For example, replacing a large vehicle that gets 10 mpg with one that gets 20 mpg reduces gas consumption over 100 miles from 10 gallons to 5 gallons. But replacing a small vehicle that gets 25 mpg with one that gets 50 mpg reduces gas consumption over the same distance from 4 gallons to 2, a savings of 2 gallons for every 100 miles driven for the small, fuel-efficient car, compared to savings of 5 gallons for the truck.
Compared to the 25 mpg increase for the car, the 10 mpg jump for the truck “looks small from a mpg point of view, but when you turn the numbers over, you’re talking about huge gas-saving gains,” Larrick said.
In an ideal situation, he said, lawmakers would create many more tiers in the trade-in system that would increase along with improvements in gallons consumer per mile, or gpm, instead of the traditional mpg rating.
“You could have vouchers that keep increasing in value in terms of gpm,” he said. “Currently, they have two leaps, from $3,500 to $4,500, but you could have many more.”
The small mpg thresholds in the compromise program would affect not just the environmental gains but also the car buyer’s wallet, Larrick said. He said that moving from a 14 mpg car to a 20 mpg car would be worth roughly $9,000 over six years, including the voucher rebate and gas savings, assuming the price of a gallon of fuel is $2.50. But increasing from 14 mpg to 15 mpg would be worth only about $4,500 over the same time frame.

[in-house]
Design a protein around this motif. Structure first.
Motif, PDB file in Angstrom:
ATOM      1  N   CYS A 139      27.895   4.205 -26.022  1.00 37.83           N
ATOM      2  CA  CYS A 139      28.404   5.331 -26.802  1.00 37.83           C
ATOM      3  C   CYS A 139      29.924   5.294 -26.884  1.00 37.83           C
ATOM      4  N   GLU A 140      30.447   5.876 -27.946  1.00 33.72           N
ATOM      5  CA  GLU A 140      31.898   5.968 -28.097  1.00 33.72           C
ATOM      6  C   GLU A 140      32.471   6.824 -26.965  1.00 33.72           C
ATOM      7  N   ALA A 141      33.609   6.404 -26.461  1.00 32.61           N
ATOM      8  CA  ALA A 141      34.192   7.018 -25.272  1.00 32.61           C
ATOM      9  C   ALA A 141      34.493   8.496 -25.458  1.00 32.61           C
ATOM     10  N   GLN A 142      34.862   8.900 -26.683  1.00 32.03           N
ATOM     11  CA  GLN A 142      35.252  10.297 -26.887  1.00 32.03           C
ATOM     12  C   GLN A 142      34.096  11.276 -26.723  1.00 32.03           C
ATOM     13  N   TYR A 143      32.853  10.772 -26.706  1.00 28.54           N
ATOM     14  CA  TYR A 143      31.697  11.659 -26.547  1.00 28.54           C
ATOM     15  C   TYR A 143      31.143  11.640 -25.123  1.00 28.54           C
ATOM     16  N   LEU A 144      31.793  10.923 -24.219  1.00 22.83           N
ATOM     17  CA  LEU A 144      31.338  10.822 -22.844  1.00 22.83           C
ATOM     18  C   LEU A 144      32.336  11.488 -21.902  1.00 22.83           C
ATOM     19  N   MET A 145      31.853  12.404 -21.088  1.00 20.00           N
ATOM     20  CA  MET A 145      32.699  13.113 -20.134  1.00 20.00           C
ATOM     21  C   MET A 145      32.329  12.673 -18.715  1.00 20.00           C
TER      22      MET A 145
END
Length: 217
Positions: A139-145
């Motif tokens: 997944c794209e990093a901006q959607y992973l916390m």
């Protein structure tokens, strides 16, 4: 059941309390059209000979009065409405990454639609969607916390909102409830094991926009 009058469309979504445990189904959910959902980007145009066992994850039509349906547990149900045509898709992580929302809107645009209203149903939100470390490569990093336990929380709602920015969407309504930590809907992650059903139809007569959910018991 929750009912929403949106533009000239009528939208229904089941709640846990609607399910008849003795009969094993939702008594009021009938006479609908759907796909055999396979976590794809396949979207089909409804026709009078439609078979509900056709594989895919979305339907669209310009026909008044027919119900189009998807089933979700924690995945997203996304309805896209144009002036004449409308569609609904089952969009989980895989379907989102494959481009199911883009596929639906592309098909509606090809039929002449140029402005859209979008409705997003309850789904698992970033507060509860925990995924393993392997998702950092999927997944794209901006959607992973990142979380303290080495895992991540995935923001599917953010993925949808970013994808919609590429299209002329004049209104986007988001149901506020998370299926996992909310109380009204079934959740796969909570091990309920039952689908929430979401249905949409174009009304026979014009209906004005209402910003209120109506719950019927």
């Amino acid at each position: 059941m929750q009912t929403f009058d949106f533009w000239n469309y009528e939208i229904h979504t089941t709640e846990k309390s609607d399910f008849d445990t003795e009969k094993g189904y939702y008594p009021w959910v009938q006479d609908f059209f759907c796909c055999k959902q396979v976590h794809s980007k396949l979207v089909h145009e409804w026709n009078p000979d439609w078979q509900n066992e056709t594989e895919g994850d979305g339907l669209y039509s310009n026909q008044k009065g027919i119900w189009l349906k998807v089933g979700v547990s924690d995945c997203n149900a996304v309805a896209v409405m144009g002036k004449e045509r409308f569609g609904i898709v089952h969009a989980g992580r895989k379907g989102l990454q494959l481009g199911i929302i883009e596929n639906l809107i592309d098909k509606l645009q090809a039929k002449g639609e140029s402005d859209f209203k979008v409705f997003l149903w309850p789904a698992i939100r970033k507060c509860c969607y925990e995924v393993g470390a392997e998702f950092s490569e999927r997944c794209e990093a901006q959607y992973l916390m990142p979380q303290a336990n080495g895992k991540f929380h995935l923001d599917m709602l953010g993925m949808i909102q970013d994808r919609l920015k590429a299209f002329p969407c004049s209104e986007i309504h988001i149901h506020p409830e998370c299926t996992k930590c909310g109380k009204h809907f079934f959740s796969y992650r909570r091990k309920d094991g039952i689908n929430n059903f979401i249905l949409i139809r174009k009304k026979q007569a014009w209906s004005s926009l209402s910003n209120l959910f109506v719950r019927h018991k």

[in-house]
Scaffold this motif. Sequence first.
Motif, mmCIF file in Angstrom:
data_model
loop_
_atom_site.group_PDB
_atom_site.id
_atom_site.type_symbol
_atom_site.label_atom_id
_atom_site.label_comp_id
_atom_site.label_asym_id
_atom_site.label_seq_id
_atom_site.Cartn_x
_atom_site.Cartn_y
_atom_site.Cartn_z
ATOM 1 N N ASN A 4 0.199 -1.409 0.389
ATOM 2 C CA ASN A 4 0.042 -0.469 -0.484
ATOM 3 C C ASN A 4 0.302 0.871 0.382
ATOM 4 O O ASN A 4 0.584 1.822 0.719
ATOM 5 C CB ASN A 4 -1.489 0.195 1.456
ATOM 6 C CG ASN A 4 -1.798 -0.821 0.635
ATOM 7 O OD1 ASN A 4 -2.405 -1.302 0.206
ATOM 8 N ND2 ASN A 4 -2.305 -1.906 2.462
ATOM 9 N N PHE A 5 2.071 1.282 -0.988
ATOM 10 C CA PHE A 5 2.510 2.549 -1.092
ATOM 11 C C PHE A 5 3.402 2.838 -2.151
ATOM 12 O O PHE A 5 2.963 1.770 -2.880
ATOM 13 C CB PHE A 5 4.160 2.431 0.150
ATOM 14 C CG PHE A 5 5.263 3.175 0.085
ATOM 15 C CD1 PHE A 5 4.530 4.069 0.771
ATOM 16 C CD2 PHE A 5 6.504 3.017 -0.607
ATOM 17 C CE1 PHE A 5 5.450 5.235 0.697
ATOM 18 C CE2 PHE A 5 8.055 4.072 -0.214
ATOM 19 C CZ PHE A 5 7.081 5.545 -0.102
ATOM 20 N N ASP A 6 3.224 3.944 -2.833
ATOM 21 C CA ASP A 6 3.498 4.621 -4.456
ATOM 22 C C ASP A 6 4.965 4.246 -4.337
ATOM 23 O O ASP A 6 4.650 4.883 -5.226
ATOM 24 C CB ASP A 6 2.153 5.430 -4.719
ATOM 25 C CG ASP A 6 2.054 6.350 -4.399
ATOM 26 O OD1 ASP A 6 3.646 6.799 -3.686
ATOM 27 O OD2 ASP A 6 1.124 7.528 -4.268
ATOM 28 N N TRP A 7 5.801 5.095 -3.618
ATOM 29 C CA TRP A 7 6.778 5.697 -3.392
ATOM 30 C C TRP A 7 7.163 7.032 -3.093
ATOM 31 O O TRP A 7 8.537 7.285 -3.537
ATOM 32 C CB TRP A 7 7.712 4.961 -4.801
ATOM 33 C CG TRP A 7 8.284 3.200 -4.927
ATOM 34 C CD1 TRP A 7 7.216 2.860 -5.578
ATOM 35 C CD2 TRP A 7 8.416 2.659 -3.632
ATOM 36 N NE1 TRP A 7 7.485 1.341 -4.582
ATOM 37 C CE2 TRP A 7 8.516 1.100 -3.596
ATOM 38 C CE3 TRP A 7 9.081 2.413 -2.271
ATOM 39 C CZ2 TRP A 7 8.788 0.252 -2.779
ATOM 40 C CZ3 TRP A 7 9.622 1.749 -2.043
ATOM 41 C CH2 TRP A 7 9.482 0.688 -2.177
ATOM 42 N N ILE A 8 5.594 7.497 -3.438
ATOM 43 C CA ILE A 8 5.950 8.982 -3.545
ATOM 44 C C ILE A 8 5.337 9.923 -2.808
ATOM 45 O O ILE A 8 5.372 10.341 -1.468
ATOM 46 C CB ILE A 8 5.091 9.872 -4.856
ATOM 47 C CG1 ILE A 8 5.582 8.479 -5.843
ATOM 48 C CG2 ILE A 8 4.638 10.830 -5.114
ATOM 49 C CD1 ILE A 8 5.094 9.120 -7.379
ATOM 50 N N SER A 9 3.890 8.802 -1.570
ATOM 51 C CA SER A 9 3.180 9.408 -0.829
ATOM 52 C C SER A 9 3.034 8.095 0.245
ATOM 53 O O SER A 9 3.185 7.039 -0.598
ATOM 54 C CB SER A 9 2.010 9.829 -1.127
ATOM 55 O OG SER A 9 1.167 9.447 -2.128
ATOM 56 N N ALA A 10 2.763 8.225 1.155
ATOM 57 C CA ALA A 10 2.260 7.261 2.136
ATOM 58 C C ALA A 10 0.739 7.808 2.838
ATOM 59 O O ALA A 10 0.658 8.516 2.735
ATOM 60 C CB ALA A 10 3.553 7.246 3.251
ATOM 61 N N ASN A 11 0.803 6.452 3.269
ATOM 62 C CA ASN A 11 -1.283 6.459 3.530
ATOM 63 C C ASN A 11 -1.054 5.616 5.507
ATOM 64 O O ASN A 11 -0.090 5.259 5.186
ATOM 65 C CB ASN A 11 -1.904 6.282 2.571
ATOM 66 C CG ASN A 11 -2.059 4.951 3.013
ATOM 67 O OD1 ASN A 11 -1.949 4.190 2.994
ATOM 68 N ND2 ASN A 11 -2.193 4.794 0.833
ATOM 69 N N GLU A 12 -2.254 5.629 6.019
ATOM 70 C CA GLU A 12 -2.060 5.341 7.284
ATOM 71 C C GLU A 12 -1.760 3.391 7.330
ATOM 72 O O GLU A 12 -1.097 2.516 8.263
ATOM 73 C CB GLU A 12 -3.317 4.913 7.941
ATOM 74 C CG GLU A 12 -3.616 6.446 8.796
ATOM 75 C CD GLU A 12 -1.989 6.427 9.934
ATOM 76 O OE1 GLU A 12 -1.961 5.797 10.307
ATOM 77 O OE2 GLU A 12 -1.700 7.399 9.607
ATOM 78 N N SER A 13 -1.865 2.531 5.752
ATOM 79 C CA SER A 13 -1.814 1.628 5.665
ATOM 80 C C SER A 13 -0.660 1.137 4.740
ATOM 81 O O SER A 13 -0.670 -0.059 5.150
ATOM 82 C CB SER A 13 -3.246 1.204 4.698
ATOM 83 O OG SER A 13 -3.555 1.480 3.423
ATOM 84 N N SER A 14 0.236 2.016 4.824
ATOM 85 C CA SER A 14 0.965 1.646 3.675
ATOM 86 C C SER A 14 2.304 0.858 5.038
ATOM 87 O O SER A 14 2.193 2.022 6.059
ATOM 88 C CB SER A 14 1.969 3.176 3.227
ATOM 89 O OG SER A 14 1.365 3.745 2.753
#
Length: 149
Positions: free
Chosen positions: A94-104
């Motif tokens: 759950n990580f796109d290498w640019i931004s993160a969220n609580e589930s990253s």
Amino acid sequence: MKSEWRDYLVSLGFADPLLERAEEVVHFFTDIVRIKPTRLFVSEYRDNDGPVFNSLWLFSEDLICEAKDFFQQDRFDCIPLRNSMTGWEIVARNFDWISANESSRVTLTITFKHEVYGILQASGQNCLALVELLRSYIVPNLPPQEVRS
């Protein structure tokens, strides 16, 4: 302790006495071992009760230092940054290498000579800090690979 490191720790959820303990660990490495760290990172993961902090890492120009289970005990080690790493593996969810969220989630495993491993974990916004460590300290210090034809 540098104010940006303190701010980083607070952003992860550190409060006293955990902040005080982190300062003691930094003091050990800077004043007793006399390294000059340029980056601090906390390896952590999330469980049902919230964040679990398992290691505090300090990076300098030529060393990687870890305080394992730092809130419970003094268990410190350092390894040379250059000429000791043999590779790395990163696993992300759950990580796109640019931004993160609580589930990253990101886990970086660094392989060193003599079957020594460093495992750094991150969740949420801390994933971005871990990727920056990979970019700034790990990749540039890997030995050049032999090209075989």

“I’d love for the bill writers — and later, the car dealerships — to focus on the dual sources of personal benefit from the trade-in: both the voucher and the gas savings,” he said.
The professors were not the only ones who were unhappy with the outcome. The American Council for an Energy-Efficient Economy, a nonprofit research organization, urged lawmakers in both the House and Senate to revise the bill to make it more environmentally conscious.
“We would welcome incentives to retire gas guzzlers and encourage the purchase of efficient vehicles,” said Therese Langer, ACEEE transportation director, “but the proposal just isn’t there yet.”
I agree with ACEEE. Not much bang for the buck here.
Compiled by Max Luken and Carlin Rosengarten